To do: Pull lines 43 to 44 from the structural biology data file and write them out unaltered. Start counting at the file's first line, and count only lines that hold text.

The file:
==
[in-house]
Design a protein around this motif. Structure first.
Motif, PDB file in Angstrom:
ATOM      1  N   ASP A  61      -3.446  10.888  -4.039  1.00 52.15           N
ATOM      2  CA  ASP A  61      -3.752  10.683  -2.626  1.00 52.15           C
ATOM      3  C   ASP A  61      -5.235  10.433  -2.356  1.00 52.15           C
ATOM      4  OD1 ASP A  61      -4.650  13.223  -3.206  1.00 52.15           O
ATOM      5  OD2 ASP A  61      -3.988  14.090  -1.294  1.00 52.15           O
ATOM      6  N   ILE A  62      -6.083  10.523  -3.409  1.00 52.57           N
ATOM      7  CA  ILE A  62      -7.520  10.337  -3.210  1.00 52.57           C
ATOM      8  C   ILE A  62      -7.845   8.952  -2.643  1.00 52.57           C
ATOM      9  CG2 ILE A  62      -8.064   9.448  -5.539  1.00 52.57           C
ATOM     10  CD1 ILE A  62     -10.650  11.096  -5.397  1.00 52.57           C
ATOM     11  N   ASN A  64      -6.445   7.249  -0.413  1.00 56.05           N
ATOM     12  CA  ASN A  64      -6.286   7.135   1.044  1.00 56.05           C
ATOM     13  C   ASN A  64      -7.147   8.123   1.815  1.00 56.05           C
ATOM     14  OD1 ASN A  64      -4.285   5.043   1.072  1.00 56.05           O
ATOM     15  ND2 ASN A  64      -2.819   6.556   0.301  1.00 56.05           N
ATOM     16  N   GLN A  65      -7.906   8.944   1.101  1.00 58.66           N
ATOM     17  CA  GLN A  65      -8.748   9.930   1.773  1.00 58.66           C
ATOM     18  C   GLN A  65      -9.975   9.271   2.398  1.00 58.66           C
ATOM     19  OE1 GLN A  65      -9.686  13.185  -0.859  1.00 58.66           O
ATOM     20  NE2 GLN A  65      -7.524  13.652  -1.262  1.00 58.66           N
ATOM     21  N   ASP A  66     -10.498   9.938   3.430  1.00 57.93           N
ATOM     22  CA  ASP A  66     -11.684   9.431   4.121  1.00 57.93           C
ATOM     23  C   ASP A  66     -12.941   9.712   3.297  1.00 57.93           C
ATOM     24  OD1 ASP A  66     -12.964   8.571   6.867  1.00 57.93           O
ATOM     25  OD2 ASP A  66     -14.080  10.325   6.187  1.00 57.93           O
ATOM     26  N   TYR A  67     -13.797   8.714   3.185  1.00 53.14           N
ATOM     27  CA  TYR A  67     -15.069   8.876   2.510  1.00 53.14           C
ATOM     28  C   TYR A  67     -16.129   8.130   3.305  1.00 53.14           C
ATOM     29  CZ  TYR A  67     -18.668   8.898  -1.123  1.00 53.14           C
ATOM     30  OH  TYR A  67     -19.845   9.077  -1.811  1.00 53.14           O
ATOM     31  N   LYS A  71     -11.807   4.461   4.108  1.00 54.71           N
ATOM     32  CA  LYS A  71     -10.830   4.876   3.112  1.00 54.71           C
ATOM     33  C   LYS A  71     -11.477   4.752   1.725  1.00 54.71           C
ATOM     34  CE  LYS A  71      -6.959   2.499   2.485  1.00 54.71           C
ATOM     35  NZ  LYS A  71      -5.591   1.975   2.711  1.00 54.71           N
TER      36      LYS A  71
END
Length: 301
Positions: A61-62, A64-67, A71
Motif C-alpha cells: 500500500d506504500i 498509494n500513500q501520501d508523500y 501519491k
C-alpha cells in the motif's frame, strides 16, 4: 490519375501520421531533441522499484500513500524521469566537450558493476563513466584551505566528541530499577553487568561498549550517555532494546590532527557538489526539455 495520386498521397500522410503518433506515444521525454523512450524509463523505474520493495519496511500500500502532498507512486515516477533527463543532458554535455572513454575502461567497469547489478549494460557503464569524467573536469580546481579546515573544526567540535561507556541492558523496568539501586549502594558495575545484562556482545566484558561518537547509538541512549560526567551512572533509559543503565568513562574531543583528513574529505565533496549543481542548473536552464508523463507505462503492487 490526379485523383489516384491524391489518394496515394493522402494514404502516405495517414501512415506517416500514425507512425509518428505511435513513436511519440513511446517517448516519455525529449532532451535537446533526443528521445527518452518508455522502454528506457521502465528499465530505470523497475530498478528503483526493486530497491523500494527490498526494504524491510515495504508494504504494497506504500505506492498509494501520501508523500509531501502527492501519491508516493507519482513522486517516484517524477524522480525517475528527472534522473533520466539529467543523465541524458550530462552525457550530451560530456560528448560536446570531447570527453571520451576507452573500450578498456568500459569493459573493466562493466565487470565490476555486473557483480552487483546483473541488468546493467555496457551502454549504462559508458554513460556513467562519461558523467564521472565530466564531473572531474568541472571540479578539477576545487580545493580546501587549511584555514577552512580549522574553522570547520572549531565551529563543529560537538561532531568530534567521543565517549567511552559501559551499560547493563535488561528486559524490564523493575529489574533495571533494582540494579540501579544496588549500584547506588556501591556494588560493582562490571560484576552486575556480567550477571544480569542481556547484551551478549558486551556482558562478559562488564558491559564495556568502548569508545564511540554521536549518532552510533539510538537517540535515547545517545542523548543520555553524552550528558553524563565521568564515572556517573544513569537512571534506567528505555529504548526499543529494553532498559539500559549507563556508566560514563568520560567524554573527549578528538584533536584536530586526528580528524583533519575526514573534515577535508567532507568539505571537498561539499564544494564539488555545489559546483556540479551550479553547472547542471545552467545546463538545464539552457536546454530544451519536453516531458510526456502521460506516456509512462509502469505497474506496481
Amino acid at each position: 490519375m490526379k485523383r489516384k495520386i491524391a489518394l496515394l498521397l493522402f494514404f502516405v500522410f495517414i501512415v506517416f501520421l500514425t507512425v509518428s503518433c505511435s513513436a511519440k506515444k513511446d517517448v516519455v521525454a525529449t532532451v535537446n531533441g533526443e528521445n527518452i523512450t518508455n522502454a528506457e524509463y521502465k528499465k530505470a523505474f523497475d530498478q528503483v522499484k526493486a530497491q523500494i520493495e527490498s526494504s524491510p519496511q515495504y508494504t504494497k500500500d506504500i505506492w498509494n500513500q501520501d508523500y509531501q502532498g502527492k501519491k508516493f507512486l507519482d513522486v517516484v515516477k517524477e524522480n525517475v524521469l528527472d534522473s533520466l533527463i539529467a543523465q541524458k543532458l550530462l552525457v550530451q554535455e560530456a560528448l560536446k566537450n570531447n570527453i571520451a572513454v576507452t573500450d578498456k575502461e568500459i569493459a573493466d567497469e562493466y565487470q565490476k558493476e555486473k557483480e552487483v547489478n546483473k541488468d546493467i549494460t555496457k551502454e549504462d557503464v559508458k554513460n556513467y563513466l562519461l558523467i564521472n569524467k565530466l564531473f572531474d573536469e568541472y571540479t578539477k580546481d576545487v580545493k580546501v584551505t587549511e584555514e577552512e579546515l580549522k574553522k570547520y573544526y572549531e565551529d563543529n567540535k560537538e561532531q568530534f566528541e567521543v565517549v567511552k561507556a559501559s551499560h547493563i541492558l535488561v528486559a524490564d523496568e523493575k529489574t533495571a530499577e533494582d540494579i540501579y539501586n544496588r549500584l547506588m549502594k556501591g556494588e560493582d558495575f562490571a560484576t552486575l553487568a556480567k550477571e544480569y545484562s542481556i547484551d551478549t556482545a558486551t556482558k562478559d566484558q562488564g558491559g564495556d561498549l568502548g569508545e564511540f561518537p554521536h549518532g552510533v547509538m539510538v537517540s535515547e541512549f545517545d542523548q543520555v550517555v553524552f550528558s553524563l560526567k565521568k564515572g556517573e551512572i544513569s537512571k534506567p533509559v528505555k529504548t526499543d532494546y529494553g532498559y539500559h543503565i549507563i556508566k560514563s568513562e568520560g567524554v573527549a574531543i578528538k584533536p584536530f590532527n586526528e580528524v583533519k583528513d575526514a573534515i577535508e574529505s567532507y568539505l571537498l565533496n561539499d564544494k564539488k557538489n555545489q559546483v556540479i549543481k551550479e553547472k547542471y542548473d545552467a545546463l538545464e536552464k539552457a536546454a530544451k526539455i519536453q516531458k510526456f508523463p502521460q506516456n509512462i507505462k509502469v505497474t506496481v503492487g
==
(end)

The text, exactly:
Motif C-alpha cells: 500500500d506504500i 498509494n500513500q501520501d508523500y 501519491k
C-alpha cells in the motif's frame, strides 16, 4: 490519375501520421531533441522499484500513500524521469566537450558493476563513466584551505566528541530499577553487568561498549550517555532494546590532527557538489526539455 495520386498521397500522410503518433506515444521525454523512450524509463523505474520493495519496511500500500502532498507512486515516477533527463543532458554535455572513454575502461567497469547489478549494460557503464569524467573536469580546481579546515573544526567540535561507556541492558523496568539501586549502594558495575545484562556482545566484558561518537547509538541512549560526567551512572533509559543503565568513562574531543583528513574529505565533496549543481542548473536552464508523463507505462503492487 490526379485523383489516384491524391489518394496515394493522402494514404502516405495517414501512415506517416500514425507512425509518428505511435513513436511519440513511446517517448516519455525529449532532451535537446533526443528521445527518452518508455522502454528506457521502465528499465530505470523497475530498478528503483526493486530497491523500494527490498526494504524491510515495504508494504504494497506504500505506492498509494501520501508523500509531501502527492501519491508516493507519482513522486517516484517524477524522480525517475528527472534522473533520466539529467543523465541524458550530462552525457550530451560530456560528448560536446570531447570527453571520451576507452573500450578498456568500459569493459573493466562493466565487470565490476555486473557483480552487483546483473541488468546493467555496457551502454549504462559508458554513460556513467562519461558523467564521472565530466564531473572531474568541472571540479578539477576545487580545493580546501587549511584555514577552512580549522574553522570547520572549531565551529563543529560537538561532531568530534567521543565517549567511552559501559551499560547493563535488561528486559524490564523493575529489574533495571533494582540494579540501579544496588549500584547506588556501591556494588560493582562490571560484576552486575556480567550477571544480569542481556547484551551478549558486551556482558562478559562488564558491559564495556568502548569508545564511540554521536549518532552510533539510538537517540535515547545517545542523548543520555553524552550528558553524563565521568564515572556517573544513569537512571534506567528505555529504548526499543529494553532498559539500559549507563556508566560514563568520560567524554573527549578528538584533536584536530586526528580528524583533519575526514573534515577535508567532507568539505571537498561539499564544494564539488555545489559546483556540479551550479553547472547542471545552467545546463538545464539552457536546454530544451519536453516531458510526456502521460506516456509512462509502469505497474506496481